In 1828, Congress passed a law raising tariffs, or taxes on imported goods such as cloth and glass. Encourage manufacturing in the US. Higher tariffs = higher prices for imported factory goods. American manufacturers could outsell their foreign competitors.
Tariffs raised the prices they paid for factory goods. High tariffs also discouraged trade among nations. Planters in the South worried that tariffs would hurt cotton sales to other countries.
John C. Calhoun, Jackson’s vice president, called on southern states to declare the tariff “null and void,” or illegal and not to be honored.
Led by Calhoun, they proclaimed South Carolina’s right to nullify, or reject, both the 1828 and 1832 tariff laws. The state threatened to secede if the national government tried to enforce the tariff laws.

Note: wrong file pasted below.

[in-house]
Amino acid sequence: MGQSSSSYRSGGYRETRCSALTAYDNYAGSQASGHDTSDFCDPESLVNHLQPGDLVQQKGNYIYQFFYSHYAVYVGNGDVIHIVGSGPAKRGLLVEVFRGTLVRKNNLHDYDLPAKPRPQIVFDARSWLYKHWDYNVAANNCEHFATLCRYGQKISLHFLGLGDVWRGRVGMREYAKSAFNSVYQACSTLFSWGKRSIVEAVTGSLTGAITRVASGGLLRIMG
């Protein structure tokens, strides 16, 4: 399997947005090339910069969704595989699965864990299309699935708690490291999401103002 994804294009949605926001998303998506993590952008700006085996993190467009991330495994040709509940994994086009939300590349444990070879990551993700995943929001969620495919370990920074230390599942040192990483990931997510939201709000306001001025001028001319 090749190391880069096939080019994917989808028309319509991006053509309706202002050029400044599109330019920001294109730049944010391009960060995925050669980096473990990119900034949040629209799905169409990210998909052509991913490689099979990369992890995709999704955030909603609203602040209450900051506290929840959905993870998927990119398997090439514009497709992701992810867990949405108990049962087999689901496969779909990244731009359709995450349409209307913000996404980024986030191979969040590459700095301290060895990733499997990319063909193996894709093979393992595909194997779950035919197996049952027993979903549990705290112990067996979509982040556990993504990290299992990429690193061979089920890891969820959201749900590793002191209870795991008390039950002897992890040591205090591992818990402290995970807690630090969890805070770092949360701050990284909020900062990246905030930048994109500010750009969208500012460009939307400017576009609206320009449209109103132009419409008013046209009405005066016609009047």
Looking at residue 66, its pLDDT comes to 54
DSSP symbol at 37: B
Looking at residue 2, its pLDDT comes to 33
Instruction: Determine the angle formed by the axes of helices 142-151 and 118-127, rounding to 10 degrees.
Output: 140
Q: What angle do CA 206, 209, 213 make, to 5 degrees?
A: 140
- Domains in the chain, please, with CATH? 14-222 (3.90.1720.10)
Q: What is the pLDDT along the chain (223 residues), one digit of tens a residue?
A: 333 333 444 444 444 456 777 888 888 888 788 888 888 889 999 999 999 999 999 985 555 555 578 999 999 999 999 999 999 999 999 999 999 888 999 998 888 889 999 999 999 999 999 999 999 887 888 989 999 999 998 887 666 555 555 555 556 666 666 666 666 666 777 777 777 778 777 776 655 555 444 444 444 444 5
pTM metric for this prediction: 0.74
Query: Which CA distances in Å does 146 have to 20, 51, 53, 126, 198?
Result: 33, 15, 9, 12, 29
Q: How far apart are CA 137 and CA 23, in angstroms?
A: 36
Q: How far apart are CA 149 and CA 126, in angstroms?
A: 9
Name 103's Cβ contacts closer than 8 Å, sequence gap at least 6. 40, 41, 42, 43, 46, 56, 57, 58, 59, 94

Jackson was outraged. “If one drop of blood be shed there in defiance of the laws of the United States,” he raged, “I will hang the first man of them I can get my hands on to the first tree I can find.” He called on Congress to pass the Force Bill, which would allow him to use the federal army to collect tariffs if needed.
1.Which side did each man support? 2.What values can you infer each man has based on what he supports? 3.What feelings might he have for the other during the Nullification Crisis? 4.What thoughts might be bouncing around each man’s head? 5.What point is each man trying to prove?